Images Credit & Copyright: NASA/ESA Hubble Space Telescope and ESO’s ALMA Observatory.
At a distance of 32 million light years, this galaxy in the southern constellation of Dorado (The Dolphinfish) is a beautiful spiral galaxy with an outer ring of brilliant blue star formation and beautifully detailed dust lanes streaming inward toward the nucleus.
You may notice however, that the nucleus itself is much brighter than the dull yellow colors that we see most of the time. That’s because this galaxy is a Seyfert galaxy. I know, what’s that mean right? A Seyfert galaxy (Named for American astronomer Carl Seyfert) is a galaxy with a bright, active nucleus or in short; it’s a supermassive black hole with a bright accretion disk of material around it. This disk produces bright sources of electromagnetic radiation that in many circumstances can’t be seen in visible light.
Taking a step in from the wide Hubble image we take a closer look at that active galactic nuclei from the one and only Atacama Large Millimeter-submillimeter Array (ALMA) in the Atacama Desert of Chile. Well, this is actually a combined image of Hubble data with ALMA data laid over it showing even more data and revealing a tiny 150 light year-long jet of material outflowing from the supermassive black hole.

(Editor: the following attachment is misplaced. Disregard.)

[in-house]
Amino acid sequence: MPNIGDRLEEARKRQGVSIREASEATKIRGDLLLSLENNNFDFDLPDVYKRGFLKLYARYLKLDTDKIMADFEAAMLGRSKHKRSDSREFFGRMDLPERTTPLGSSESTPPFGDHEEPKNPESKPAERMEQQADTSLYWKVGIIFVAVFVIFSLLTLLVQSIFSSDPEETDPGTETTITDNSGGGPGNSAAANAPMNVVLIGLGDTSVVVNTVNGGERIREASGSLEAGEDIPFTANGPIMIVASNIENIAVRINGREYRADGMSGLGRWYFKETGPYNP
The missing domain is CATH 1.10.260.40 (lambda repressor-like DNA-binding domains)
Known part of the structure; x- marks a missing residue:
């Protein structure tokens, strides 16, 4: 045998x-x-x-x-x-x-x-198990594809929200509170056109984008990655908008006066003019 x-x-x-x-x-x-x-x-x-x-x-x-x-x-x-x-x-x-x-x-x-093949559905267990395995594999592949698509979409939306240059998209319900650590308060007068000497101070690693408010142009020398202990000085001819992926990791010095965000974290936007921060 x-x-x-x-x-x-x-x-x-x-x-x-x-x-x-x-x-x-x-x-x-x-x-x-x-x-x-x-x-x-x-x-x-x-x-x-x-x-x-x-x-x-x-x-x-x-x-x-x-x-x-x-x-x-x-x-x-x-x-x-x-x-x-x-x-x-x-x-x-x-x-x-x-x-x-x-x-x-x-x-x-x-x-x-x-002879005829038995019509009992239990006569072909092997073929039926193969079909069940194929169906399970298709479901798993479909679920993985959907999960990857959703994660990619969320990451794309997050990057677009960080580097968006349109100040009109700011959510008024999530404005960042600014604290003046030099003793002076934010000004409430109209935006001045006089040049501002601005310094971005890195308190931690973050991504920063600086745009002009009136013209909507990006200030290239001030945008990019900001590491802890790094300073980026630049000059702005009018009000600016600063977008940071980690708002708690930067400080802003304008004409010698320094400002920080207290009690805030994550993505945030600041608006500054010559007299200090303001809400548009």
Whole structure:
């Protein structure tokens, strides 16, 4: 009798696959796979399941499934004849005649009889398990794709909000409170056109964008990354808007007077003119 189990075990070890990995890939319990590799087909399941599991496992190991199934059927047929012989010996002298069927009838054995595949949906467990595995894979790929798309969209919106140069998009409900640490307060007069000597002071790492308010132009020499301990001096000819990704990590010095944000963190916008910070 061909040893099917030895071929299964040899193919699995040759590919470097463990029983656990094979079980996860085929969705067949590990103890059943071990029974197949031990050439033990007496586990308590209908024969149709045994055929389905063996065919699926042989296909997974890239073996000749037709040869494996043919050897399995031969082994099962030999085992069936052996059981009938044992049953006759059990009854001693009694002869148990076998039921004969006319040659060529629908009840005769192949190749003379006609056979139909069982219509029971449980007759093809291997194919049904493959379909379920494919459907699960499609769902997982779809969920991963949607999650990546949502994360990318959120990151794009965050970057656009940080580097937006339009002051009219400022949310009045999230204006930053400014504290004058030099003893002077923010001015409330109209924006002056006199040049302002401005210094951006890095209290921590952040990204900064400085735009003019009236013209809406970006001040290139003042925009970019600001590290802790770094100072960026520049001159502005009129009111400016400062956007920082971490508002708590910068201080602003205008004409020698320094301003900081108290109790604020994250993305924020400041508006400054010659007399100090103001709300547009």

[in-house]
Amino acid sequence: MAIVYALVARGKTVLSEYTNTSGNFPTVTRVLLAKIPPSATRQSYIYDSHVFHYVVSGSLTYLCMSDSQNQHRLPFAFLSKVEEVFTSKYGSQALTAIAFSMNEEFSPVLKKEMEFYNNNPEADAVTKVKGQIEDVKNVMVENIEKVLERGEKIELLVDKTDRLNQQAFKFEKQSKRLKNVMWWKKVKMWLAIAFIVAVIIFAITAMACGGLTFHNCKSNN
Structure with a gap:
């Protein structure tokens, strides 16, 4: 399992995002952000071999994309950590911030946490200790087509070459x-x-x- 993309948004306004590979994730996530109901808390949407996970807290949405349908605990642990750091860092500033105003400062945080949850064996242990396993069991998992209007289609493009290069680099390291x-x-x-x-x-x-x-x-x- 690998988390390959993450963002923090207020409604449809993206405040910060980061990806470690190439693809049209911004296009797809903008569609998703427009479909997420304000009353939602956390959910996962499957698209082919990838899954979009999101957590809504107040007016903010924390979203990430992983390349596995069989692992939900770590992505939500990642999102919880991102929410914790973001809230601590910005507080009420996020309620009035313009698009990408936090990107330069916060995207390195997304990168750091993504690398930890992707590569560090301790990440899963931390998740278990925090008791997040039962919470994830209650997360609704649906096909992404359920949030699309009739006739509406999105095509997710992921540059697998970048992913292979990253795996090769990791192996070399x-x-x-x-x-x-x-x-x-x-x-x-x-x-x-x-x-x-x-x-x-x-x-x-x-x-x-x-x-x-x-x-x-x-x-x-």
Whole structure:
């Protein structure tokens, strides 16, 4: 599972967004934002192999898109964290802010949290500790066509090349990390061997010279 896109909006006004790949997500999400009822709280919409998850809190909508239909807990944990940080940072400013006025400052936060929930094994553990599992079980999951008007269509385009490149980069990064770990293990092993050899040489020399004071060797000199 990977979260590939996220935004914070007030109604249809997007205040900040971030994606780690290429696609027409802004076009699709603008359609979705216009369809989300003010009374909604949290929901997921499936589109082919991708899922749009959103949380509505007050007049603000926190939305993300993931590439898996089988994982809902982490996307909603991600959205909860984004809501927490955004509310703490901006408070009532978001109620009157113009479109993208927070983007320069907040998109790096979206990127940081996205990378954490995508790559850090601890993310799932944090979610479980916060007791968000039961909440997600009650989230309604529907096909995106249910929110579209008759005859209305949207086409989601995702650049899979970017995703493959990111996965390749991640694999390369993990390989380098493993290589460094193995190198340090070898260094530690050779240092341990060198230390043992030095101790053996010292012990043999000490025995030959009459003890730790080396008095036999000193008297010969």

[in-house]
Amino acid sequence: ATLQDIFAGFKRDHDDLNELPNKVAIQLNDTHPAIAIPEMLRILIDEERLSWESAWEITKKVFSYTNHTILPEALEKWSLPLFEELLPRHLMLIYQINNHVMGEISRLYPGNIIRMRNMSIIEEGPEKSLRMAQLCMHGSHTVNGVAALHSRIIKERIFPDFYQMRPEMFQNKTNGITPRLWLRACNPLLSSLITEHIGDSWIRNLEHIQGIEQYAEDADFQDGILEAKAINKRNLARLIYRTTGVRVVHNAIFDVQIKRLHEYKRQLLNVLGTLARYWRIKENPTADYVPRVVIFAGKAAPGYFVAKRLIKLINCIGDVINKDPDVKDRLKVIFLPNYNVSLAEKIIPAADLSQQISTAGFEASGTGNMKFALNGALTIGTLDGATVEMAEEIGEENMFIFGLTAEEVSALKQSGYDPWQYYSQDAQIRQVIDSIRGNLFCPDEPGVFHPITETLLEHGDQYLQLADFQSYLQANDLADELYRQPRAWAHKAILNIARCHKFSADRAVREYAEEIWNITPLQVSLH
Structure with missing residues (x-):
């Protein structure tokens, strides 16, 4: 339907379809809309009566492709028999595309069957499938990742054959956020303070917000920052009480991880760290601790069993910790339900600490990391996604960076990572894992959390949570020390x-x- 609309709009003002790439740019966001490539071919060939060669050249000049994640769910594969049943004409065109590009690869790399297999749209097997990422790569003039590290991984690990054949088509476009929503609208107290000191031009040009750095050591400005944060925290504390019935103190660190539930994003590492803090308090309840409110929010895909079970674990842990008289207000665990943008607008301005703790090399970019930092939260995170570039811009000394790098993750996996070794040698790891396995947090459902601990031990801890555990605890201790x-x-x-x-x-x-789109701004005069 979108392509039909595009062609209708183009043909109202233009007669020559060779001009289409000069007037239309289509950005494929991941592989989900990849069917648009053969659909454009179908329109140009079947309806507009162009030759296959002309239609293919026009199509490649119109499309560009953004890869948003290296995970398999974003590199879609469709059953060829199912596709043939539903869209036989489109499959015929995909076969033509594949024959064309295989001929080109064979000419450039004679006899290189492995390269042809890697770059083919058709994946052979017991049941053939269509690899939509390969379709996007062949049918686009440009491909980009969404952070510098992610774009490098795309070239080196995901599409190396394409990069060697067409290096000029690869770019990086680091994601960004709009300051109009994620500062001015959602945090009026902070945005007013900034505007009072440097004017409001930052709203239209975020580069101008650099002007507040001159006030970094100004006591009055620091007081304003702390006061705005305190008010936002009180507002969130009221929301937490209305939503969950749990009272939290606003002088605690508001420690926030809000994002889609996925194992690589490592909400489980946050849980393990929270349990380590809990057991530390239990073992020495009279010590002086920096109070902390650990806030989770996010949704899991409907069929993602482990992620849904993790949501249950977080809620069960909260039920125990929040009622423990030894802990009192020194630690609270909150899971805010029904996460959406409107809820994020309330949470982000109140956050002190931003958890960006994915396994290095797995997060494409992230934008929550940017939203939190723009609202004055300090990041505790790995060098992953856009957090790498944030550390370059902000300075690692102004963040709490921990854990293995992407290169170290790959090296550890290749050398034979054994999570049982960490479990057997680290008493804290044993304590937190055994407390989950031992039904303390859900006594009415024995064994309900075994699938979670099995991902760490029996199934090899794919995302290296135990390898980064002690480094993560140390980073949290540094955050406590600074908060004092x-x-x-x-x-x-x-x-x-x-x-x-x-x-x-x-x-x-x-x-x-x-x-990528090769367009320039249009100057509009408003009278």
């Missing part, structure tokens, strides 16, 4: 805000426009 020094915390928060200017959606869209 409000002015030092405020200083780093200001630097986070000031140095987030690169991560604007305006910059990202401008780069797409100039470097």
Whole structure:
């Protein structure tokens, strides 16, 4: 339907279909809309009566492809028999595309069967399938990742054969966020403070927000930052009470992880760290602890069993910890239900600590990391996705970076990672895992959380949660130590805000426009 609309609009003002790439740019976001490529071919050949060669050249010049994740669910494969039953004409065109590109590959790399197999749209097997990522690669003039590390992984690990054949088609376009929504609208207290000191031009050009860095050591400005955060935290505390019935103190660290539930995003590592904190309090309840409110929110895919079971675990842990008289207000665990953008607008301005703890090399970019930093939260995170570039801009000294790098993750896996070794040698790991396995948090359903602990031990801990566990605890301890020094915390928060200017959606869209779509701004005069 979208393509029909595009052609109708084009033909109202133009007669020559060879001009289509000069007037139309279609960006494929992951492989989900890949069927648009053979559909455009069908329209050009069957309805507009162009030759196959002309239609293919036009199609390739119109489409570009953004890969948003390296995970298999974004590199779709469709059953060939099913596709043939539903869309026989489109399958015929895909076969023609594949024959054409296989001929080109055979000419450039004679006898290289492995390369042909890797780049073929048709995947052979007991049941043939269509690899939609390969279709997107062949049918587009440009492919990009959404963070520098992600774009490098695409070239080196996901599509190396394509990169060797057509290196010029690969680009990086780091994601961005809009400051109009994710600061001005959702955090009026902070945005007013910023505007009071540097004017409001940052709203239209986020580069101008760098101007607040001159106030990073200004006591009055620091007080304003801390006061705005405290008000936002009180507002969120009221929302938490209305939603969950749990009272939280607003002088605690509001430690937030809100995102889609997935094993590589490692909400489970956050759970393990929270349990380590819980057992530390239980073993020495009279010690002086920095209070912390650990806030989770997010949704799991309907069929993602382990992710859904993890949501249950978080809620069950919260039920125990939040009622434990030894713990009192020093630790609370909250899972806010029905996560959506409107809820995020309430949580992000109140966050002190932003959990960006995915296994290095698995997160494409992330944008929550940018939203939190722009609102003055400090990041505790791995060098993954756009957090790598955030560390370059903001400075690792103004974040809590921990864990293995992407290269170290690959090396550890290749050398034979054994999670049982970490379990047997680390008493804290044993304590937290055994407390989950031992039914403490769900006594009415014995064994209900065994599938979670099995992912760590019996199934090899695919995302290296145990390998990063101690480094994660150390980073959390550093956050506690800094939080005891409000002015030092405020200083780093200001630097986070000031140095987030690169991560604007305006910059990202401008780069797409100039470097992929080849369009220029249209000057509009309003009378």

NAME: NGC 1433.
WHAT IS IT?: Spiral galaxy.
HOW FAR AWAY IS IT?: 32 million light years.
HOW BIG IS IT?: Roughly 100,000 light years in diameter.
APPARENT MAGNITUDE: 9.9.
WHERE IS IT? (General): Constellation Dorado (The Dolphinfish).
WHERE IS IT? (Exact RA/DEC J2000): RA 03h 42m 01.553s / DEC −47° 13′ 19.49″.
ESA Space Telescope (Hubble) page for the first image: https://www.spacetelescope.org/images/potw1427a/
ESO ALMA page for the second image: http://www.almaobservatory.org/en/visuals/images/?g2_itemId=5633